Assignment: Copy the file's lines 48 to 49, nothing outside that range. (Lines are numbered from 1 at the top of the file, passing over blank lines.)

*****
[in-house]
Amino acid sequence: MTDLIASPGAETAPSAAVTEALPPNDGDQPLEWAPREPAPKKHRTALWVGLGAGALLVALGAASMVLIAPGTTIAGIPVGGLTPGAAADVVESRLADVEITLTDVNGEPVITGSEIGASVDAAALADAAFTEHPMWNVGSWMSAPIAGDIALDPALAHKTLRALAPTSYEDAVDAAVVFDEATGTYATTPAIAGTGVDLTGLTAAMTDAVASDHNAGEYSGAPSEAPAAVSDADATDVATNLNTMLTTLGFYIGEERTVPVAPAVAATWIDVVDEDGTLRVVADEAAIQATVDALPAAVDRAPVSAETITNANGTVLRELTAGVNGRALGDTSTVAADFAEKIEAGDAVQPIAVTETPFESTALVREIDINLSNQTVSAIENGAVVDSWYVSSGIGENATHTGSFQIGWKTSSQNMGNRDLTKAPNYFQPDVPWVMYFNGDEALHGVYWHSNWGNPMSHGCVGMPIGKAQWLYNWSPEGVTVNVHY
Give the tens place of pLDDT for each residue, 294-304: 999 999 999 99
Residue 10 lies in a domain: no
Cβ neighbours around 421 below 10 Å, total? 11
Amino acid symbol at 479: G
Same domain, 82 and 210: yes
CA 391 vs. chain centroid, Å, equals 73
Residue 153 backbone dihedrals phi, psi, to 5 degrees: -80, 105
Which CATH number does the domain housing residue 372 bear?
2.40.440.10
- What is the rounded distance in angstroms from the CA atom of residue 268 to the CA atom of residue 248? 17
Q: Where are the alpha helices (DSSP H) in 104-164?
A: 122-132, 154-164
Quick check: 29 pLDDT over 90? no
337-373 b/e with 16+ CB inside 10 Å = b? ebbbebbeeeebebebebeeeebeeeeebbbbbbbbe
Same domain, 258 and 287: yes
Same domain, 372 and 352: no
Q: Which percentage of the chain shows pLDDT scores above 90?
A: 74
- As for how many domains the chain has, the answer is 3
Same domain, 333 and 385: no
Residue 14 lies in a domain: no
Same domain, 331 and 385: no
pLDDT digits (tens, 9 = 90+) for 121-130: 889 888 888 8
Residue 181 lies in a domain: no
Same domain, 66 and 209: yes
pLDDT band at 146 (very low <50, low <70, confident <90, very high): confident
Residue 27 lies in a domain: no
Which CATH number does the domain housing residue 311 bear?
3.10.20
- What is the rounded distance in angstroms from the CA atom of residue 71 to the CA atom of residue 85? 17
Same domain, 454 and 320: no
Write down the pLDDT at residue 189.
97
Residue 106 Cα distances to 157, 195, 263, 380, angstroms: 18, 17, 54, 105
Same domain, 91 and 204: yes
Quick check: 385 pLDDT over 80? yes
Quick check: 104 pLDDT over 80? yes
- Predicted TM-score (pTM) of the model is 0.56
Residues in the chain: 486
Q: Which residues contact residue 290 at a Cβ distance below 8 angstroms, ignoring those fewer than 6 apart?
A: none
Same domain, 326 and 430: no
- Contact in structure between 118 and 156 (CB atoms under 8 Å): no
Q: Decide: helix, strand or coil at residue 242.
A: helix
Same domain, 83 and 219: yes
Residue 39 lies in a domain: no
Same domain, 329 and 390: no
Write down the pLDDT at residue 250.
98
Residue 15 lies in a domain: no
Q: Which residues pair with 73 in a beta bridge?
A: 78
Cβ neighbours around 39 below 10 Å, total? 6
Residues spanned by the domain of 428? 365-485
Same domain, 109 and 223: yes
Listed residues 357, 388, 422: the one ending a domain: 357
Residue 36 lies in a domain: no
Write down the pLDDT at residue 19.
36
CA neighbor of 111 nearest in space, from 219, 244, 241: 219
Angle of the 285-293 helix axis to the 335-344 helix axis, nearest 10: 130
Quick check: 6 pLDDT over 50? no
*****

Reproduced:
Same domain, 83 and 219: yes
Residue 39 lies in a domain: no